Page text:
The top two floors of the Chase Tower did represent an unusual design challenge for a heavy computer user like ION Storm. With large windows as a backdrop for up to three 21-in. monitors in constant use at each workstation, the architects needed to come up with a way to control the sunlight. At the time there was nothing on the market that did this, so the architects designed their own device – a workstation with a roof structure. “There’s nothing traditional to be found here,” insists Russ Berger, a principal of the firm bearing his name.

Of course, some game designers have to sleep on the job too. “We dreamed of a lounge with beds,” Hall maintains. “People theoretically can live here, and some don’t go home much. One guy went home five days out of 90.” To make all-night sessions go as smoothly as possible, there are on-site showers and lounges, some with futons, and dinner is delivered so the employees’ work isn’t disrupted. “When we’re in the development mode,” Hall explains,” we don’t want any distraction, and this office fosters that mode of complete absorption and concentration.”

Employees can find their way to a game room if they need to let off steam, as well as a theater with Dolby digital surround sound to screen games or just sit back and relax while watching “South Park.” Indulgent as this all sounds, game designers work hard for play time. “This business requires a lot of horrible hours,” Hall observes. “Games take a lot of time to build, and the process can be unpredictable. So we stay late and come in six days a week to work out all the kinks. To do this, it has to be your passion.”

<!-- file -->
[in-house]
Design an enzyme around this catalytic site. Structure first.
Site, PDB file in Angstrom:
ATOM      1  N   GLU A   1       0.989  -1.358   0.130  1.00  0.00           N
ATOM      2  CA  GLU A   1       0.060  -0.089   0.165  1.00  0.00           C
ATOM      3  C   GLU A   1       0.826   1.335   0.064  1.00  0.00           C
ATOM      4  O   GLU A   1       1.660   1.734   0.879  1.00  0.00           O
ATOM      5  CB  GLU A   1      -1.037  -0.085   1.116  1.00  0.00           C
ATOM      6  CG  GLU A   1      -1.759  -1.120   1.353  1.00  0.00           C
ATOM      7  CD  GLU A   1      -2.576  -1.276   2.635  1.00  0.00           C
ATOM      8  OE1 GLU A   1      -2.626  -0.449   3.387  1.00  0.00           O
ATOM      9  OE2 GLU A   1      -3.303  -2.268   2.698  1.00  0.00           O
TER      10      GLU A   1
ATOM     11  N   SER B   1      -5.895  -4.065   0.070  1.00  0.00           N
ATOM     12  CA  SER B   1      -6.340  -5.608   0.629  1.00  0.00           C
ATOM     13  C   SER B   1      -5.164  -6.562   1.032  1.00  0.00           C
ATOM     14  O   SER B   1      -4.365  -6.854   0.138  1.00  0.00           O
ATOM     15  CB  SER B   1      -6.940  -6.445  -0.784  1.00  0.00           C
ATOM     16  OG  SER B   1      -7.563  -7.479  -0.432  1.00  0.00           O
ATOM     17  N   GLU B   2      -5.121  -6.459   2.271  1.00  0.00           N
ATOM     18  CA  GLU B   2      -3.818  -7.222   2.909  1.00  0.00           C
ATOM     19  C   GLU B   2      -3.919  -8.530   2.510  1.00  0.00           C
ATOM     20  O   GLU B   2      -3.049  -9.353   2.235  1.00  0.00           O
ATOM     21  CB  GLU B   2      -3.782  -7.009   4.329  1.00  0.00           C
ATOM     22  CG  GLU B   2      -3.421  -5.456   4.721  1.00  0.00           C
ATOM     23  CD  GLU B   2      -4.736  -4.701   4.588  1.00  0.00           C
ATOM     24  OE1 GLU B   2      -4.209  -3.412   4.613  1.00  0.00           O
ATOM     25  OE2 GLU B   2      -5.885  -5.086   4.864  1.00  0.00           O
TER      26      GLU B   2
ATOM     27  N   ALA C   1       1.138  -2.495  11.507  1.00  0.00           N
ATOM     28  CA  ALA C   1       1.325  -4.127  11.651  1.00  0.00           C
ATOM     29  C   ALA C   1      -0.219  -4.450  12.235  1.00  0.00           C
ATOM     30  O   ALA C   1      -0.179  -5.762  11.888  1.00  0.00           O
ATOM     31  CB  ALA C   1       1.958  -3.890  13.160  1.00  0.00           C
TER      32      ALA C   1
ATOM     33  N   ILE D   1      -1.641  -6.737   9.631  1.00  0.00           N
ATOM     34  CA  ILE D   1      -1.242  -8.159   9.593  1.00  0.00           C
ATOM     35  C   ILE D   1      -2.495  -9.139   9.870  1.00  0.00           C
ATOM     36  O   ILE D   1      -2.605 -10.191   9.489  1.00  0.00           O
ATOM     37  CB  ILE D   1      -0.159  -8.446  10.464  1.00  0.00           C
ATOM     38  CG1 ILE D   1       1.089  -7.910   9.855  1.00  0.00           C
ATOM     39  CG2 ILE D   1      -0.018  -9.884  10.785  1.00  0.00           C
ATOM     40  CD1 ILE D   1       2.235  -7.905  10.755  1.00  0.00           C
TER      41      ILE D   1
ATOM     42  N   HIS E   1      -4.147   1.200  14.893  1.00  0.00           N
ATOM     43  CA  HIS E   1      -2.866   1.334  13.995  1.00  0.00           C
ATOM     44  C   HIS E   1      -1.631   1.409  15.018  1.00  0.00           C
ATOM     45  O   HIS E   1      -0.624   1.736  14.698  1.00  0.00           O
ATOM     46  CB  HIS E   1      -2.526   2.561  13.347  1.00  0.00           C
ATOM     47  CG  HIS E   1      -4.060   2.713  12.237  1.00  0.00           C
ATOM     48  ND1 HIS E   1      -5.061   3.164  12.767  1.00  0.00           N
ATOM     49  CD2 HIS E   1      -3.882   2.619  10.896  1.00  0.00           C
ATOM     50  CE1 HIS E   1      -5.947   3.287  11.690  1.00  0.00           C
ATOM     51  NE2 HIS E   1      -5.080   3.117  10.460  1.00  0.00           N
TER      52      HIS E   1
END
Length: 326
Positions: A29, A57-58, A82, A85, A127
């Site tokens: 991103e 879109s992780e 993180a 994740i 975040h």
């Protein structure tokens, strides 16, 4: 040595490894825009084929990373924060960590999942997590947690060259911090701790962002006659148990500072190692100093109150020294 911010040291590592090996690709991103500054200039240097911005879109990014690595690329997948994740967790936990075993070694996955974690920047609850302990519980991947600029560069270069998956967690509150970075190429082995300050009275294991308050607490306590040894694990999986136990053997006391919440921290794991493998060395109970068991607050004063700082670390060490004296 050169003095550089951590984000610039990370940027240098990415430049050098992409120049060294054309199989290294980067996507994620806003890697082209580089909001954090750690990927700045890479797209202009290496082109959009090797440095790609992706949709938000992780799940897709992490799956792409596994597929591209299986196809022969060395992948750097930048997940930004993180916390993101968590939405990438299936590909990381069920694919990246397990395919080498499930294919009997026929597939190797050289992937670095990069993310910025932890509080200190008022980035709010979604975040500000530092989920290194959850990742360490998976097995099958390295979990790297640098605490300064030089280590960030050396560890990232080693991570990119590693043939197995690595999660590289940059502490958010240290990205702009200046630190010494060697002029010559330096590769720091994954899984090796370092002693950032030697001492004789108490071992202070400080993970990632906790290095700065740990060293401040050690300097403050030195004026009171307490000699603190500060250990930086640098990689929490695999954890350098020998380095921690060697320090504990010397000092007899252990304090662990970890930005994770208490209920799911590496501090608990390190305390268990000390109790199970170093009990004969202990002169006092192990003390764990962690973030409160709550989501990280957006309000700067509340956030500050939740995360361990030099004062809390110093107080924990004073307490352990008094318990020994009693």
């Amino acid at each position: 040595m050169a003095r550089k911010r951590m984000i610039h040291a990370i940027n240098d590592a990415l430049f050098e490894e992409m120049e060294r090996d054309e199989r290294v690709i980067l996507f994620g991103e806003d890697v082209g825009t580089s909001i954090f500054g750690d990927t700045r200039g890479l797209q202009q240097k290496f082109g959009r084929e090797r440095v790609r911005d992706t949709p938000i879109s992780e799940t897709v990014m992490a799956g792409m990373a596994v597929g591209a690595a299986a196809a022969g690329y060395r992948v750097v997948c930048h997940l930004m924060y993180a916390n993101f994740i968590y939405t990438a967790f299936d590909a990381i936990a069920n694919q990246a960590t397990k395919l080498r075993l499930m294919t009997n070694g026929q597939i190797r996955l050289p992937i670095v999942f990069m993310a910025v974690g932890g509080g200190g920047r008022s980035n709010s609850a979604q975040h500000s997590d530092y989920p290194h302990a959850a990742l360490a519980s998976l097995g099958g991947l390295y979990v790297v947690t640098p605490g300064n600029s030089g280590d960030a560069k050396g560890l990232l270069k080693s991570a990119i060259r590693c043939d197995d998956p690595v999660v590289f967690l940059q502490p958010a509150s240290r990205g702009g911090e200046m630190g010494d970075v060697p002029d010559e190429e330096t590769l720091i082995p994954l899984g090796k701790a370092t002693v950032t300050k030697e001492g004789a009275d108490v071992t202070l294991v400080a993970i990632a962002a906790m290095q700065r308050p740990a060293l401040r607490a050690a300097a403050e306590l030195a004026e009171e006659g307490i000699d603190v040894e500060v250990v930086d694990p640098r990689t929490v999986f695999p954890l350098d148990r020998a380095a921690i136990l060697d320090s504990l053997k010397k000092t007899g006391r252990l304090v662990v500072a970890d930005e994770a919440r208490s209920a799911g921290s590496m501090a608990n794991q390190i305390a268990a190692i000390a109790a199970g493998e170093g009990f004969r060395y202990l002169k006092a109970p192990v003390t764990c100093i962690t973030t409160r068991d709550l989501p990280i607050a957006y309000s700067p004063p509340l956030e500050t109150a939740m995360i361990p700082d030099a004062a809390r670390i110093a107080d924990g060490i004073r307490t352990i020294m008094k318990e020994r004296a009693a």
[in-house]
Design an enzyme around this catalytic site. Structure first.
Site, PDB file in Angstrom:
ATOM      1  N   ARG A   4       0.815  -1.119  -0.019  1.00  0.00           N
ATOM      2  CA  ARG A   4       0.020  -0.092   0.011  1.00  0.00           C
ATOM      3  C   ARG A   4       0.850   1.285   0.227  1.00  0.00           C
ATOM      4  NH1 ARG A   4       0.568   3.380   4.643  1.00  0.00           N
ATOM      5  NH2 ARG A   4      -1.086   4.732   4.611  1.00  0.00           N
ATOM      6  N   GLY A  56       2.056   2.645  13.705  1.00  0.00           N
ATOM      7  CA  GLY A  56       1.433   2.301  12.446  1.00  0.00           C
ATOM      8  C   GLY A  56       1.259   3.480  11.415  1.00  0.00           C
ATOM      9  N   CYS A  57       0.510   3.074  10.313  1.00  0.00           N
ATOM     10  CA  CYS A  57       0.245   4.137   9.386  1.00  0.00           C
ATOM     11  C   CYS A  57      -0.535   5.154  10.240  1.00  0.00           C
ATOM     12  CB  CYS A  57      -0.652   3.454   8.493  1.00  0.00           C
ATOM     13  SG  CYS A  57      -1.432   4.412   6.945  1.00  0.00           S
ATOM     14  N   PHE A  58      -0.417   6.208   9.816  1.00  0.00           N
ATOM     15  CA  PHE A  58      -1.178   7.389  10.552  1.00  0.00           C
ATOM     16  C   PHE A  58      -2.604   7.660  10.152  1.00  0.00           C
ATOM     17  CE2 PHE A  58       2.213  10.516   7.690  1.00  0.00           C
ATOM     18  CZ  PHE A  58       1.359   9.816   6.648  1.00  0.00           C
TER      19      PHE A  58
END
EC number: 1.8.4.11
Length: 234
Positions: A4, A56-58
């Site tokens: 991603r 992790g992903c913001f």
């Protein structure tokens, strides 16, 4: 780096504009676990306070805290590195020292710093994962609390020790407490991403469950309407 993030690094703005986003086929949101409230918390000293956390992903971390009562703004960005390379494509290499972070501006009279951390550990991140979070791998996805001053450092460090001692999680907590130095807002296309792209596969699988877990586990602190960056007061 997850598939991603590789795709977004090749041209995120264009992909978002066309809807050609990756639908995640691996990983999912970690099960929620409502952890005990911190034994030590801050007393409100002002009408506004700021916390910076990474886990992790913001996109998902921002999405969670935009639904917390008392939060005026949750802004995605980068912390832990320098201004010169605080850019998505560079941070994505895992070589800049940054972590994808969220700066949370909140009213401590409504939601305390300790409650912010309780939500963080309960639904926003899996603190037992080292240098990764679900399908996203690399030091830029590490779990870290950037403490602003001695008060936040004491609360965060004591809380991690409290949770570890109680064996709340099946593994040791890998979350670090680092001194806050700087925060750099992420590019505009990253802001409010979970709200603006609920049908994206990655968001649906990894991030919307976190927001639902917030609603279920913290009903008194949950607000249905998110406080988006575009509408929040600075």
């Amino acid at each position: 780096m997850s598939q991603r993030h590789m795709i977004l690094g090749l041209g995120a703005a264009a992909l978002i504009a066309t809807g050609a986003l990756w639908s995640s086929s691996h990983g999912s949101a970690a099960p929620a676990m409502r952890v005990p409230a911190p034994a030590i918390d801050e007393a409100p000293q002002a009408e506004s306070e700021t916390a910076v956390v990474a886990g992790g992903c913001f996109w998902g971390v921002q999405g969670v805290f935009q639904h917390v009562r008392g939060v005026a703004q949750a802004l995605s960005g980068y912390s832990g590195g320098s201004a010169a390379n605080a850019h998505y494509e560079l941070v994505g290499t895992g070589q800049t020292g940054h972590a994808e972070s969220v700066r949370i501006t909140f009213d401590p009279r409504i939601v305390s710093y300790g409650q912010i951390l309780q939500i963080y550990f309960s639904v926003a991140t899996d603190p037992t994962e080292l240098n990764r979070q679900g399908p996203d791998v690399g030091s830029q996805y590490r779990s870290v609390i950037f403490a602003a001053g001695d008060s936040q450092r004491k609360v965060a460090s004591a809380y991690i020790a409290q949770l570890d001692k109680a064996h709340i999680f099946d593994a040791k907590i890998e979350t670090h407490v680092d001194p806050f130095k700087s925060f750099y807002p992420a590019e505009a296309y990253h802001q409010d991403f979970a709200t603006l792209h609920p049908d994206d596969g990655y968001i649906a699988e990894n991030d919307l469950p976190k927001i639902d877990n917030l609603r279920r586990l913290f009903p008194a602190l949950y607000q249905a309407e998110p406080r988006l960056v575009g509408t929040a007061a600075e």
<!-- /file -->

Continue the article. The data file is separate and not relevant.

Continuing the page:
Also crucial for game designers is the motion capture stage. This is where the designers don attachments that correspond to a computer system that reads their movements. These movements are then translated into an action figure’s anatomy. The stage is built simply using wood with a fiberglass platform, so as to not interfere with the readings off the body attachments.

The audio/visual room, where musical scores, voiceovers and effects are recorded, is important as well. This is where punches, slaps, and detaching body parts are made to sound real. Acoustical diffusers are employed to vary the depth of space and distribute the sound evenly so technicians can hear more accurately how the mix will sound on tape.

Even the reception area gets into the act with a custom display area showing such items as “monster boxes” where the clay action figures in development are displayed. The boxes are air-conditioned so their contents won’t melt and the models are easily accessible. Leaving no opportunity untouched, the architects have finished the elevator call buttons in acid edged metal, and tinted the elevator doors green to match the company’s logo.

After all, you never know where a game designer will get that next big idea. “I get brainstorms in the bathroom,” Hall confesses, “and I scatter pads of papers in every room because of the impromptu nature of ideas.” Meanwhile, there’s no rest for the weary. ION Storm’s next launch will be in the spring with Anachronox, a three-dimensional, science fiction role-playing game. The game is never over ’til it says so.